Long-term outlook: Tom Herman and his staff brought in a stellar group of defensive backs during the 2018 cycle, and Sterns should be the best of the bunch. Locke will exhaust his eligibility after the upcoming season, so Sterns has a clear route to a starting job by 2019.
5. Terrace Marshall, WR, LSU
Recruiting rundown: No. 3 WR | No. 13 OVR
Likely 2018 role: Jonathan Giles sat out 2017 after transferring from Texas Tech, but he'll quickly settle into the featured spot. Elsewhere, it's a wide-open race on the depth chart. Terrace Marshall, who enrolled early, is a safe bet to contribute every week—possibly as a full-time starter.
Long-term outlook: Depending on whether Giles pursues the NFL after 2018 or once his eligibility expires in 2019, Marshall could shift into the No. 1 role soon. Granted, the Tigers also brought in JaMarr Chase during the 2018 class. Either way, Marshall should be a leading presence on the LSU offense within two years.
4. Eyabi Anoma, DE, Alabama
Recruiting rundown: No. 1 WDE | No. 4 OVR
Likely 2018 role: Alabama can shuffle between Anfernee Jennings, Christian Miller and Terrell Lewis, so the remaining volume of snaps won't be high. Good luck keeping Eyabi Anoma off the field, though. He has the burst to be an early-season, garbage-time nightmare before working his way into a regular role down the stretch.
Long-term outlook: Jennings and Lewis are both juniors, so the depth chart certainly is crowded. But the Tide always find snaps for their most talented players, and Anoma has All-American potential.
3. Justin Shorter, WR, Penn State
Recruiting rundown: No. 1 WR | No. 8 OVR
Likely 2018 role: Regardless of the starting lineup, Justin Shorter figures to play meaningful snaps throughout his freshman year. Penn State lost three of its top four receivers, so the 5-star wideout has a terrific opportunity.
Long-term outlook: Juwan Johnson has NFL-caliber ability and DeAndre Thompkins will be a senior next season. If both players are gone in 2019, the Nittany Lions will expect Shorter to not only occupy a starting job but to propel the unit.
2. Patrick Surtain Jr., CB, Alabama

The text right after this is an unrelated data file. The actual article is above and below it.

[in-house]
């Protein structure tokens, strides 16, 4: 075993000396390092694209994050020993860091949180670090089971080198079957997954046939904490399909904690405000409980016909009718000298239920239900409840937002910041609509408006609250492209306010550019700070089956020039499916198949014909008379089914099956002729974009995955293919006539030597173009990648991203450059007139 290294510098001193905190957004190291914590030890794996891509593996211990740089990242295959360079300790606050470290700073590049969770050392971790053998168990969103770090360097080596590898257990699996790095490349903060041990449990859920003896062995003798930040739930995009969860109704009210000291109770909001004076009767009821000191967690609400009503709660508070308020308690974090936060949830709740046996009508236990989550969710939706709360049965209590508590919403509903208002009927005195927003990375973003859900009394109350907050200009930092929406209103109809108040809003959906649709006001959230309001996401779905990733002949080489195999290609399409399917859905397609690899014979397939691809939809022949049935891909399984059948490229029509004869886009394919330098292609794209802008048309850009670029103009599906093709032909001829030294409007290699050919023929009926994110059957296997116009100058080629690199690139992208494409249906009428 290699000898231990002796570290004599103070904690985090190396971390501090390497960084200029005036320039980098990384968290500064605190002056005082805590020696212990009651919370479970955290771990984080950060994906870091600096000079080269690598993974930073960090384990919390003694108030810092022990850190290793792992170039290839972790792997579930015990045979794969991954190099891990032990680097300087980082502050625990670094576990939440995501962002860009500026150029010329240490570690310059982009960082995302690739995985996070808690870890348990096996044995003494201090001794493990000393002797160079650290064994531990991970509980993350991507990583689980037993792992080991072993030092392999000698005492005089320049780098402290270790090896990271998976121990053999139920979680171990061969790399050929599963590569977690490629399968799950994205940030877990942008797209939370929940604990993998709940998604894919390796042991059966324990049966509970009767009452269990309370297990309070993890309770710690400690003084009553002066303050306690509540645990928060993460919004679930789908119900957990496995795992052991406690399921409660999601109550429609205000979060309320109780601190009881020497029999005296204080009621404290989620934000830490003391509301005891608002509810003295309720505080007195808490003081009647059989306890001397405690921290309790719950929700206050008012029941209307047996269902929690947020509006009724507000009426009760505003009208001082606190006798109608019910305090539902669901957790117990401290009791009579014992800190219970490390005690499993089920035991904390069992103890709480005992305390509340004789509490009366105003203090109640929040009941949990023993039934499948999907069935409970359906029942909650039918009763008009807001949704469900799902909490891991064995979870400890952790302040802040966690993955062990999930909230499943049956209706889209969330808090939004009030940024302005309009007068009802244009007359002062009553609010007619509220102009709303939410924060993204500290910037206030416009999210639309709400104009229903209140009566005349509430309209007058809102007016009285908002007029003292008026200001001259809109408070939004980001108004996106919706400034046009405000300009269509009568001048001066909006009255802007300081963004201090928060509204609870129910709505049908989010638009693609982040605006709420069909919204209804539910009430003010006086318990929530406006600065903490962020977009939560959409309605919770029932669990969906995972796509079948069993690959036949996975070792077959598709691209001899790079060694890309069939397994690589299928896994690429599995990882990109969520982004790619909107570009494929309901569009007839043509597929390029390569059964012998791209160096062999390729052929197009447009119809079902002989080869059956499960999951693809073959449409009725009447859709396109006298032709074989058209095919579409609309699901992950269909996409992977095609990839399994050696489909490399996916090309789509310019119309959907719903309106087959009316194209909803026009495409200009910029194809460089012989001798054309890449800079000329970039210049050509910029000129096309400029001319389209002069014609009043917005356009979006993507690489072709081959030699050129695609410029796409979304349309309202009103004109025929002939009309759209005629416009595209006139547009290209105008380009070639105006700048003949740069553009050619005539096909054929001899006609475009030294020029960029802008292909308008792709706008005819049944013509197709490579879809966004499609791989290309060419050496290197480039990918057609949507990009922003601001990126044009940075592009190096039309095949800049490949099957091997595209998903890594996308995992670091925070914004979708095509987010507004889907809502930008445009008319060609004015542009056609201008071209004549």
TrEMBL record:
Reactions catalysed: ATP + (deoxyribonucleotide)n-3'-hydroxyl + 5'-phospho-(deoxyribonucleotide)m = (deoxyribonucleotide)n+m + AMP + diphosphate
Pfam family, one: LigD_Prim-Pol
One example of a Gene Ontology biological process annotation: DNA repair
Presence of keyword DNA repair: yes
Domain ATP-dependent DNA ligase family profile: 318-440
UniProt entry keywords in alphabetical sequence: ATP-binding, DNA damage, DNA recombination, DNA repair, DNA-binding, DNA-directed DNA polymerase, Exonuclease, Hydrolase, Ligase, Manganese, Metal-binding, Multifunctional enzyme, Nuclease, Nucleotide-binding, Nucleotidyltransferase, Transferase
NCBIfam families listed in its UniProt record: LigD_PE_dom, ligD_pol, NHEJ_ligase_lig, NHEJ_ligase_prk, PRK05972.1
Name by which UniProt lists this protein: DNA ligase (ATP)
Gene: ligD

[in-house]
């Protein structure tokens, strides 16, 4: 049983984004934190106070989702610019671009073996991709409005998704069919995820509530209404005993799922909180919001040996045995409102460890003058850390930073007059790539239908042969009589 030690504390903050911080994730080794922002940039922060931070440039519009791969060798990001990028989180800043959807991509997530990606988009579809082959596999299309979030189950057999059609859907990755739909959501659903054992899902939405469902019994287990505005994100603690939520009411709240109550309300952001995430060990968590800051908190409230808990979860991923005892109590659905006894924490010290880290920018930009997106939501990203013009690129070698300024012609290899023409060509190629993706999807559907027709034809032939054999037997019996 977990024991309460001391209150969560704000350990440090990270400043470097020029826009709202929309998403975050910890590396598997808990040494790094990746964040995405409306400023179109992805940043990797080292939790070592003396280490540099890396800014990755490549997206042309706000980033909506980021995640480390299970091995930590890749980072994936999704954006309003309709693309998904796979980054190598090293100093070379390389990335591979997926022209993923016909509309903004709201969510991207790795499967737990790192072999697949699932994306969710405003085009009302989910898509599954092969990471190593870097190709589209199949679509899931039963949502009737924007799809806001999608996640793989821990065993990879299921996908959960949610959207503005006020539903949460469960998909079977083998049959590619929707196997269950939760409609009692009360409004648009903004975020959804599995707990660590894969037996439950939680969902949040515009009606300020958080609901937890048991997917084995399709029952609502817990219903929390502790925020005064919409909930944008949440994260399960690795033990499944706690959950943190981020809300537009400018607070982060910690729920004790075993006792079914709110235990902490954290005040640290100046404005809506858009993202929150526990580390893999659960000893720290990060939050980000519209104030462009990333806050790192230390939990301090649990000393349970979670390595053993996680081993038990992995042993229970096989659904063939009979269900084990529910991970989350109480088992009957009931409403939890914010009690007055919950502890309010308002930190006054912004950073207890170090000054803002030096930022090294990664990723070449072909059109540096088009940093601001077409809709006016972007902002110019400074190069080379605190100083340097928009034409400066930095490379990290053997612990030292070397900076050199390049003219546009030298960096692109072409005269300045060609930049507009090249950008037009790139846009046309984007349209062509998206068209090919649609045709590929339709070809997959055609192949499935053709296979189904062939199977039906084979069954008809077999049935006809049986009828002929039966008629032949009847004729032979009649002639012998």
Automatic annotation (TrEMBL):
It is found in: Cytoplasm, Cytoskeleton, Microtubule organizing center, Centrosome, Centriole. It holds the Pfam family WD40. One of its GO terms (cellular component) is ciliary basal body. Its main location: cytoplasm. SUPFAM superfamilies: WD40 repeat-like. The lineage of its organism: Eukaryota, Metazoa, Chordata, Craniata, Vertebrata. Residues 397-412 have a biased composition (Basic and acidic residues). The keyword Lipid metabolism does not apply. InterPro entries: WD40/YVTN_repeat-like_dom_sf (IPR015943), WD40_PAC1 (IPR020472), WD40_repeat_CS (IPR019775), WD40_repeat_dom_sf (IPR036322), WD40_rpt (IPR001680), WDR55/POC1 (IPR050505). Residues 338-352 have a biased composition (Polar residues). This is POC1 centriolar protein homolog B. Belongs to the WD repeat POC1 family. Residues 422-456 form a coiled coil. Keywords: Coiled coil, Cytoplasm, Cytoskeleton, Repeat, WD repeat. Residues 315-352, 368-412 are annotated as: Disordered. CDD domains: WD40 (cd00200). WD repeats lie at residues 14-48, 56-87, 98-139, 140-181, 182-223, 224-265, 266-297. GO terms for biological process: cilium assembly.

Recruiting rundown: No. 1 CB | No. 6 OVR
Likely 2018 role: There simply could not be a better time for Patrick Surtain Jr. to join Alabama. Although the Crimson Tide field an elite defense each season, they must completely rebuild the secondary—yes, the whole thing. Surtain is a lock to contribute, and by no means should anyone be surprised if he's a starter.
Long-term outlook: Between his talent and stature, Surtain has the optimal skills and build of a lockdown corner. The son of an All-Pro, the 5-star prospect already has a familiar name and will likely become the face of the Crimson Tide secondary.
1. Micah Parsons, LB, Penn State
Recruiting rundown: No. 2 WDE | No. 5 OVR
Likely 2018 role: Following the departure of Jason Cabinda, Micah Parsons has the ability and opportunity to earn the starting nod at middle linebacker. That possibility might not have been as strong had the 5-star arrived in the summer, but Parsons enrolled early and is adjusting to the position this spring.
Long-term outlook: Maybe he'll become a dominant force in the middle, and Penn State simply cannot move the talented defender. However, it's more likely Parsons will eventually shift to an edge-rushing spot—where he excelled in high school—once the Nittany Lions are more comfortable with their depth at linebacker.
All recruiting information via 247Sports. Stats from NCAA.com, cfbstats.com or B/R research. Quotes obtained firsthand unless otherwise noted. Follow Bleacher Report CFB Writer David Kenyon on Twitter @Kenyon19_BR.